Should You Allow Your Hourly Workforce to Use Headphones on the Job? OSHA Says No

February 4, 2020 - minute read

It should come as no surprise that many employers permit their hourly workers to wear headphones on the job or play music across worksite speakers. Why? It’s been found to improve employee morale, enhance retention, and even promote a positive company culture. However, major safety authorities like the Occupational Safety and Health Administration (OSHA) warn that the benefits and positive intention behind these practices do not outweigh the health hazards they inevitably create.

Thanks to OSHA’s latest interpretation, we have some additional guidance on how to make the safest decision for your business, as well as how to enforce whatever policy you create. Without further ado, here are the latest insights regarding noise regulation and safety compliance!

Risks of Wearing Headphones on the Job

While overhead music or a loud radio do increase risks, headphones present a major safety hazard to hourly workers. In particular, construction and manufacturing employees need to be able to hear auditory cues when working at a jobsite or factory.

There are many situations where headphones create the circumstances for an accident:

  • Headphones can impede operators’ awareness of their surroundings and ability to hear any potential notifiers of a problem, injury, or crisis. For employees operating large machinery or who are working in a warehouse environment, listening to headphones can present the same level risks as distracted driving, according to Seyfarth Shaw. The risk is not only to the operators, but to additional personnel who may be in the vicinity nearby.
  • Loose headphones can become caught in machinery or come in contact with electrical currents. Many headphones are Bluetooth and don’t necessarily include long exposed cords. However, risking the safety of those workers who do not use wireless gear is not an option. Furthermore, earbuds and other wireless options still pose risks of falling out of employees’ ears, creating distractions, and can have the same effect of physical distraction and risks as other headphone variations.
  • The decibels from headphones may cause long-term hearing damage. In this case, the long-term effects of loud music and constant headphones usage by employees may cause hazards to employees’ hearing and undermine more lenient policies. This not only harms the health of your workforce but lowers the functionality of your employees and creates an irreparable liability for those who have permanent damage.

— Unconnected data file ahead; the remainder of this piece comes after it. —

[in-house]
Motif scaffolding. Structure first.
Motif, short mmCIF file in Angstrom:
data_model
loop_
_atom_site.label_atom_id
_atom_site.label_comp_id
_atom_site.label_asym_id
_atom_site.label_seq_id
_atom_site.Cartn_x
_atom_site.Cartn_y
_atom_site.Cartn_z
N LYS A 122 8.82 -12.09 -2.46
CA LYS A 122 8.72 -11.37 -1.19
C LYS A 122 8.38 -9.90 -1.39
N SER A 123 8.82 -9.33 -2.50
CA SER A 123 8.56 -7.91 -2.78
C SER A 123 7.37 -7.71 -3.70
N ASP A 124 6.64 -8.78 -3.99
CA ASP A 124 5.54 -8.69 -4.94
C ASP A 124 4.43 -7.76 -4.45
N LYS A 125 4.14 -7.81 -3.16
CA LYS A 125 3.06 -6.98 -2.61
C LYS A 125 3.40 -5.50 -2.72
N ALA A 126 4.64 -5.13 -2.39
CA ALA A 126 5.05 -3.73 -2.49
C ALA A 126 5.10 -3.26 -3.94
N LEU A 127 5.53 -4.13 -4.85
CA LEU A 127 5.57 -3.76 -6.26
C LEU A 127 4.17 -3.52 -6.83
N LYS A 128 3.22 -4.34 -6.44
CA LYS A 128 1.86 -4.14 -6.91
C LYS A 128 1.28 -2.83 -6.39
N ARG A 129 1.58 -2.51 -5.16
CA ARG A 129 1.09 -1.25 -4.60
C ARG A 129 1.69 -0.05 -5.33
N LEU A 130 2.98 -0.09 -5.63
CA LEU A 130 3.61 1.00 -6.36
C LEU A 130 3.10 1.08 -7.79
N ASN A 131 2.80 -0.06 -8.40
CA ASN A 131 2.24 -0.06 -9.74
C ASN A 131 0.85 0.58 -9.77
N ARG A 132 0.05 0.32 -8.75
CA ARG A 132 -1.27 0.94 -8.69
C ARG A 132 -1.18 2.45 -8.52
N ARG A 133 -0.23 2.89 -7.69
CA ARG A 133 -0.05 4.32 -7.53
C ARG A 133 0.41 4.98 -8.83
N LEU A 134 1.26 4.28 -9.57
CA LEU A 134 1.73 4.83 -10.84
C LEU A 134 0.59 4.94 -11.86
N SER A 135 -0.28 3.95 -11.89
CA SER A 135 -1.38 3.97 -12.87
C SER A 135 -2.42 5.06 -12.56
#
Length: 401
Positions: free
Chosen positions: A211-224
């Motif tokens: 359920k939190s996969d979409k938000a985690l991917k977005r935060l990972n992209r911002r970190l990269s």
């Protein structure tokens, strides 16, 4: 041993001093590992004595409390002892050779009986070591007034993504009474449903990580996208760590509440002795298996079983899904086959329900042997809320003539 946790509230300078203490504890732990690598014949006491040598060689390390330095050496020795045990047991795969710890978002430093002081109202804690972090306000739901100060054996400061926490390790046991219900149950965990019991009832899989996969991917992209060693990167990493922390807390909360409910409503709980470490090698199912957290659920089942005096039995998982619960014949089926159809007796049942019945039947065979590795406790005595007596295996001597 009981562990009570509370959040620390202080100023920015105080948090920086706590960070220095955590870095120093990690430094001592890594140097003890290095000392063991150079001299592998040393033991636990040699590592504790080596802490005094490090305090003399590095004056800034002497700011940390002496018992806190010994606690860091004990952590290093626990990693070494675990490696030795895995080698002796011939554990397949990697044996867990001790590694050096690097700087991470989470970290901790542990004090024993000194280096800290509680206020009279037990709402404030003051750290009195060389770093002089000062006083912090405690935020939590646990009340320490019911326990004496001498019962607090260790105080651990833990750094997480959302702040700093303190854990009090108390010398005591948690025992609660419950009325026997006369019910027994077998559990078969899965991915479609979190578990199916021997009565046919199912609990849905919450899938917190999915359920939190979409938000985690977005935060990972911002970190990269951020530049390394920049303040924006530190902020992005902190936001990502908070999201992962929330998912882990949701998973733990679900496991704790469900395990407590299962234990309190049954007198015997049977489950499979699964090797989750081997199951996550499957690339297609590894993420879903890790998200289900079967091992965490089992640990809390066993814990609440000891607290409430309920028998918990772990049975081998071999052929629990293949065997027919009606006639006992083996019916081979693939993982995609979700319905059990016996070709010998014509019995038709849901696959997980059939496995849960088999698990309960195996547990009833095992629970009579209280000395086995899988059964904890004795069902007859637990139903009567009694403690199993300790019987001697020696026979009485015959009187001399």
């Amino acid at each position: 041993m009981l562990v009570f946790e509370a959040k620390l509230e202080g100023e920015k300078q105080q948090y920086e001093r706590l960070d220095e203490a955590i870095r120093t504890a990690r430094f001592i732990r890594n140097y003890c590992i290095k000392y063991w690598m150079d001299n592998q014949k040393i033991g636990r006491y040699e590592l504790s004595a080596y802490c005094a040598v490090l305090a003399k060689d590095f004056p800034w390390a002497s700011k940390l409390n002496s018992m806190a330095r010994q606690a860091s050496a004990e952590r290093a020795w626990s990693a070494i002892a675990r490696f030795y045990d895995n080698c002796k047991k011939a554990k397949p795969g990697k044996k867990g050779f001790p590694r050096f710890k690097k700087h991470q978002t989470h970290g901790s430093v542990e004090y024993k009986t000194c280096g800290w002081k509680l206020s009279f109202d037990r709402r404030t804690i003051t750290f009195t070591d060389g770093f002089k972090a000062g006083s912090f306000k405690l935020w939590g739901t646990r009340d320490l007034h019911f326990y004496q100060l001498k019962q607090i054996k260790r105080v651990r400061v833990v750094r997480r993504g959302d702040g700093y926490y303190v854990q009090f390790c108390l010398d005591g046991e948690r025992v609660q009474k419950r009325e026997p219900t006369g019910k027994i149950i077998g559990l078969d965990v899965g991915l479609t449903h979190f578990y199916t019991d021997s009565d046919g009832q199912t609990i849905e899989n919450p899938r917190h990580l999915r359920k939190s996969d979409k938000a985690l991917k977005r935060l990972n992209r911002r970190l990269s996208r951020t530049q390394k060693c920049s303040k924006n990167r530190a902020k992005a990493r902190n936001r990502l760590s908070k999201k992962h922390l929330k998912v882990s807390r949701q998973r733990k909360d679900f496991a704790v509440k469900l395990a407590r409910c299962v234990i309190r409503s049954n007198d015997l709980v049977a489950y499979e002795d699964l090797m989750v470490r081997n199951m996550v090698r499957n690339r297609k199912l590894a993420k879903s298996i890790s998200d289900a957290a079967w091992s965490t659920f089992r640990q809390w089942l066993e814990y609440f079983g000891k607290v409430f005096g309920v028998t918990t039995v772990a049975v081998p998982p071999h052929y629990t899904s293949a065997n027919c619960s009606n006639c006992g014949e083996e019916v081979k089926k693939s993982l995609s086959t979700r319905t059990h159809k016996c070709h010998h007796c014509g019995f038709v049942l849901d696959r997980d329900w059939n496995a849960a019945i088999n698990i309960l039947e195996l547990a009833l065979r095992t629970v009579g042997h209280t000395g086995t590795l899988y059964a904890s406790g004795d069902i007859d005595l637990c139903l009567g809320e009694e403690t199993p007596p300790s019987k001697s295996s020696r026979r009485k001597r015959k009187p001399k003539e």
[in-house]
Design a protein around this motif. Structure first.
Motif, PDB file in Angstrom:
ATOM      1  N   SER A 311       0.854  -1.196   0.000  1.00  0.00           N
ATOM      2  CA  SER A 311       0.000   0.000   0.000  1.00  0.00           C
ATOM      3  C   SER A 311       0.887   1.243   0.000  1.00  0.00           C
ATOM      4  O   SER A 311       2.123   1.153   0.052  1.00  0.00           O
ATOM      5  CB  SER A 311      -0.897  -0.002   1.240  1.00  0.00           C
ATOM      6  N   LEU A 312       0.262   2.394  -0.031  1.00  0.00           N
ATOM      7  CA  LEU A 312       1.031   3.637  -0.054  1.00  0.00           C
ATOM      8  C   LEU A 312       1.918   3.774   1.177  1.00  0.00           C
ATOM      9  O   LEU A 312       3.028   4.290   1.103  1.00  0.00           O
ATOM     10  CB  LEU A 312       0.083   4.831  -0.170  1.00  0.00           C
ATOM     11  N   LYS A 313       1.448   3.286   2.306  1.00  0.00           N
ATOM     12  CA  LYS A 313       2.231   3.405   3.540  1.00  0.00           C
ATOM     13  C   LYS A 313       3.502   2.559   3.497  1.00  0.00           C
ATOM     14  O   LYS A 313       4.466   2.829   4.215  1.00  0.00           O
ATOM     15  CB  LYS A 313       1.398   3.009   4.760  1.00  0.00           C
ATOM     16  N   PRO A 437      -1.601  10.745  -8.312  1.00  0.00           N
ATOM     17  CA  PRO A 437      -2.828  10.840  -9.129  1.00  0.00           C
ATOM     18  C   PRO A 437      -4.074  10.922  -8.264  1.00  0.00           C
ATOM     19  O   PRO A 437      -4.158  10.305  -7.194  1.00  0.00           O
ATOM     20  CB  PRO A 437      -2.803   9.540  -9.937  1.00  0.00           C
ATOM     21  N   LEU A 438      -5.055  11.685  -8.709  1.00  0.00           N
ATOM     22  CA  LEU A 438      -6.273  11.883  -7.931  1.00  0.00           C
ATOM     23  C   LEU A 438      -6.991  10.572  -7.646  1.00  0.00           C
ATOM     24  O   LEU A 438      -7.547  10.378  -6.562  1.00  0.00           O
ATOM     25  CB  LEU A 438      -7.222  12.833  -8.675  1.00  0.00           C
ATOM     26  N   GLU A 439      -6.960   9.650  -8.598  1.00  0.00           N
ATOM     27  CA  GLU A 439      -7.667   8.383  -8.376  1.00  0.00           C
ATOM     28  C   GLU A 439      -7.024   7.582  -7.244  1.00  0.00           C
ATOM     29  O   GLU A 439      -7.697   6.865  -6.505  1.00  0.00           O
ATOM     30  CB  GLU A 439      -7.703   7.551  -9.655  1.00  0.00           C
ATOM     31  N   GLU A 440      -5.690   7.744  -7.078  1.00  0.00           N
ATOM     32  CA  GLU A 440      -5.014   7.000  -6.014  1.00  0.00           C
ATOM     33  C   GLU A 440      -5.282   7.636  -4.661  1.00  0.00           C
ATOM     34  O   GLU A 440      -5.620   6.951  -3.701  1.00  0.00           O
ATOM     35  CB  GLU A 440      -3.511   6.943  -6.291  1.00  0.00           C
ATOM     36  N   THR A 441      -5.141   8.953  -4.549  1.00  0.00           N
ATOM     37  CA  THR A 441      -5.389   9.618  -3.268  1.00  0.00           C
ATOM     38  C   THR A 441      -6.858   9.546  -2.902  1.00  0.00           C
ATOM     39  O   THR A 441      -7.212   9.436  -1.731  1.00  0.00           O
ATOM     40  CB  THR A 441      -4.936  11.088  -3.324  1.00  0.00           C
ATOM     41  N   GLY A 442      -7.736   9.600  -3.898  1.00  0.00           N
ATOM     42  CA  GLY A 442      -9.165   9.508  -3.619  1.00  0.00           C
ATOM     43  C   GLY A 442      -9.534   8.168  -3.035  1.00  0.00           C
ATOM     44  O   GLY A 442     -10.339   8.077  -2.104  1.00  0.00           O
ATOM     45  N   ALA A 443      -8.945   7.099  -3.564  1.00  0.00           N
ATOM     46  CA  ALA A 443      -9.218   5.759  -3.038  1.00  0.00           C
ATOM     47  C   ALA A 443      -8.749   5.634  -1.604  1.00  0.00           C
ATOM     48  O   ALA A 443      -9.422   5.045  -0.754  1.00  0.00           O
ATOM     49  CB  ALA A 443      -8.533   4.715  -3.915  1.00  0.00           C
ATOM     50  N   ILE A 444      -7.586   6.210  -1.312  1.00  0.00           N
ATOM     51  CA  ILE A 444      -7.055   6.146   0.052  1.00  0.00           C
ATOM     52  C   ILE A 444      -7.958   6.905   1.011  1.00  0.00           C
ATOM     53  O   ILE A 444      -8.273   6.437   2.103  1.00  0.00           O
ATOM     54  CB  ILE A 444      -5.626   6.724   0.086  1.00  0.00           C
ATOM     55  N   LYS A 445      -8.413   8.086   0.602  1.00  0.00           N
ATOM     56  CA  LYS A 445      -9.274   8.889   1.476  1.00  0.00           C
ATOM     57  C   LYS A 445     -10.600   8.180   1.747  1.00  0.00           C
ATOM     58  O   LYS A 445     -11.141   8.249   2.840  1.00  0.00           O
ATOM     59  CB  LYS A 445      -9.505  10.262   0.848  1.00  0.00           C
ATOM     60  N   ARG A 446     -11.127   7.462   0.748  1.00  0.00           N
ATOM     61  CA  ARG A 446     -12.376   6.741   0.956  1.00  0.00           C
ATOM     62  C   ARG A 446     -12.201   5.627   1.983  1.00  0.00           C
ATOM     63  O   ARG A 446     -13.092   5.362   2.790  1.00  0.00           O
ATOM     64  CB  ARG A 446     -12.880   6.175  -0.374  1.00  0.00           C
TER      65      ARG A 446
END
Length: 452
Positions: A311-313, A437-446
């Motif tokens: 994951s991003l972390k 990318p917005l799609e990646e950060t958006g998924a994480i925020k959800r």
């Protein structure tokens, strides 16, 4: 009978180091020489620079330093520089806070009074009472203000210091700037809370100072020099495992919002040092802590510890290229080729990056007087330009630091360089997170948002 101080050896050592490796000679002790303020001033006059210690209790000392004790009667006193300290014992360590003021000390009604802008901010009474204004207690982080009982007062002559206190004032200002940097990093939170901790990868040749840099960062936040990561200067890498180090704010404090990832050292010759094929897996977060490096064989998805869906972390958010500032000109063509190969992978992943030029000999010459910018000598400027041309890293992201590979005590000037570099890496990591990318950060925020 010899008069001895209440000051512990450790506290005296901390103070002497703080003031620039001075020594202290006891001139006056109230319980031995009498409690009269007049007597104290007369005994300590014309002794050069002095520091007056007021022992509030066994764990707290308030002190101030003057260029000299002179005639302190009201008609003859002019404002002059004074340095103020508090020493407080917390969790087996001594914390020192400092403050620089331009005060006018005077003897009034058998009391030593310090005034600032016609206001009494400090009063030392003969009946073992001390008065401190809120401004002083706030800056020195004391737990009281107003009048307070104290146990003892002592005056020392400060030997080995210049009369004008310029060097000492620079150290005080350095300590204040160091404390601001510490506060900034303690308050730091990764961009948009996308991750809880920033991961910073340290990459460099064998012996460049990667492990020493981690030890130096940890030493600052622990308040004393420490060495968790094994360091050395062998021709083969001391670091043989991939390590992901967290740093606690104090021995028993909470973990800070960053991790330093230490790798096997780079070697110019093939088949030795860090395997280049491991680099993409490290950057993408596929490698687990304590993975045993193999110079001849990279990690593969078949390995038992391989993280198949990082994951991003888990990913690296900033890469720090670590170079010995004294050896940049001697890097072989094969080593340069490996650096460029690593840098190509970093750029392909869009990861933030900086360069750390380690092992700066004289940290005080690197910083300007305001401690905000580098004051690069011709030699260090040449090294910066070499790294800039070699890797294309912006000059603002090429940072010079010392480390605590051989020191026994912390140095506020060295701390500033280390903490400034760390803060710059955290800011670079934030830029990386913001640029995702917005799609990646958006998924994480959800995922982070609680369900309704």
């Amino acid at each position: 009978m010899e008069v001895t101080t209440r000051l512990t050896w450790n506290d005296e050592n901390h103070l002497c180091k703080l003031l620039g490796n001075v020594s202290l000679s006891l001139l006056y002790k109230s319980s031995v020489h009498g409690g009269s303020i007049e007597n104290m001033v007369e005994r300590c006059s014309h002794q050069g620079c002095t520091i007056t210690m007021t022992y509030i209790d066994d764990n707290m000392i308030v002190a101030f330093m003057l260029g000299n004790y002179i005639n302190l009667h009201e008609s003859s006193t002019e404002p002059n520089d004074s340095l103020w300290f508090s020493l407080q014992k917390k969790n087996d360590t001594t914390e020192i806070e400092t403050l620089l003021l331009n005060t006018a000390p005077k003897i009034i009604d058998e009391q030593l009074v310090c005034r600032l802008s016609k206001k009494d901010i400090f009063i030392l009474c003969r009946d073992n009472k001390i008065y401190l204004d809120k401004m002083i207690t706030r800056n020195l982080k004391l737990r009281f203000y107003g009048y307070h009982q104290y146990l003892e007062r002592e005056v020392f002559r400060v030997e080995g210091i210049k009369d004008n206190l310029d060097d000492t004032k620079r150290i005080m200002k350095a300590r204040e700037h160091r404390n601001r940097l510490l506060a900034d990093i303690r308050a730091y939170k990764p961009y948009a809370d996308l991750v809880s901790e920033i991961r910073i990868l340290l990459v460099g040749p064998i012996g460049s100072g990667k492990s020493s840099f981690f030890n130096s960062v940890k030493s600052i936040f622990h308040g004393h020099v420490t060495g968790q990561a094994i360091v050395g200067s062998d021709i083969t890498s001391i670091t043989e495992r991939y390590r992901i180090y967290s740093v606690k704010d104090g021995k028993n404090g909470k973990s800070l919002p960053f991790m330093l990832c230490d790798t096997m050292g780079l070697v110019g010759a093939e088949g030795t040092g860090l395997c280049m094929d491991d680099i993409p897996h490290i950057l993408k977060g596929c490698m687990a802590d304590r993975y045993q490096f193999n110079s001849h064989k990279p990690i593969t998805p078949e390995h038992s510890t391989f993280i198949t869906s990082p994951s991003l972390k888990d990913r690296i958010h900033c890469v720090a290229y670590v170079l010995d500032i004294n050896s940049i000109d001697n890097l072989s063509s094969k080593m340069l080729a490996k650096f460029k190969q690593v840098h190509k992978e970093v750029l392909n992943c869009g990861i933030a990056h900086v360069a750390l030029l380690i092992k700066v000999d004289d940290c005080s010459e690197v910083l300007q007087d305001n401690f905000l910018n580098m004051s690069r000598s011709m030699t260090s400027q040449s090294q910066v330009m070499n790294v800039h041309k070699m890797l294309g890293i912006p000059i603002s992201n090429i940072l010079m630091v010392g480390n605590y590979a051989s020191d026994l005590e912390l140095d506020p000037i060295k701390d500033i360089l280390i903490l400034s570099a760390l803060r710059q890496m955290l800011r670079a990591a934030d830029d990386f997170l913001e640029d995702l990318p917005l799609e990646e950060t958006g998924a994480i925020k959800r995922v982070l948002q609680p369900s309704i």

• Headphones can create a serious impediment to timely evacuation. Federal regulations require you to train your employees to respond to auditory warning devices such as fire, chemical, heat, and other alarms. If your employees cannot hear these notifiers—even if they’re working properly—workers may not be able to react fast enough to escape a threat.

Ultimately, OSHA advises employers to ban headphone use where it is used in a way that creates a recognizable hazard. Unfortunately, the level of recognizable hazard remains under employers’ discretion. For more information, review OSHA’s “Worker Safety Series Protecting Yourself from Noise.”

Improving Worker Safety with EPAY Systems

At EPAY, we do everything possible to help ensure the safety of your hourly workforce. Our approach includes solutions such as:

  • Worker Attestation Questions: This question(s) option is part of our time collection system and allows you to ask your employees questions such as “Did you have an accident-free day?” That way, you have records of all accidents and can respond effectively and efficiently.
  • Onboarding and Learning Management Tracking: With our powerful human resource management modules, training employees, tracking incomplete requirements, and promoting consistent safety education is easier than ever. You can create customized trainings and ensure your workers always have access to standard safety procedures.
  • Employee Self-Service (ESS) Portal: Using ESS, your HR administrative team can upload employee safety brochures, as well your company’s HR policies and employee handbook. Giving your workforce direct access to safety information is key for lessening liabilities and encourages employees to take personal responsibility for abiding by your headphones policy.
  • OSHA Form Generation: With our seamless platform, you’re able to log ongoing OSHA entrees into the system and generate OSHA forms 300 and 300A effortlessly. This ensures you submit employees’ work-related injuries and illness information and summaries to the appropriate offices efficiently and accurately.

Ready to learn more about the only workforce management system that tackles hourly workforce safety? Check out our blog on the “Top 5 Safety Trends of 2020 and How to Prepare for Them” or watch our workforce management overview video! 

Filed Under: Workforce Management Construction Manufacturing Learning and Development OSHA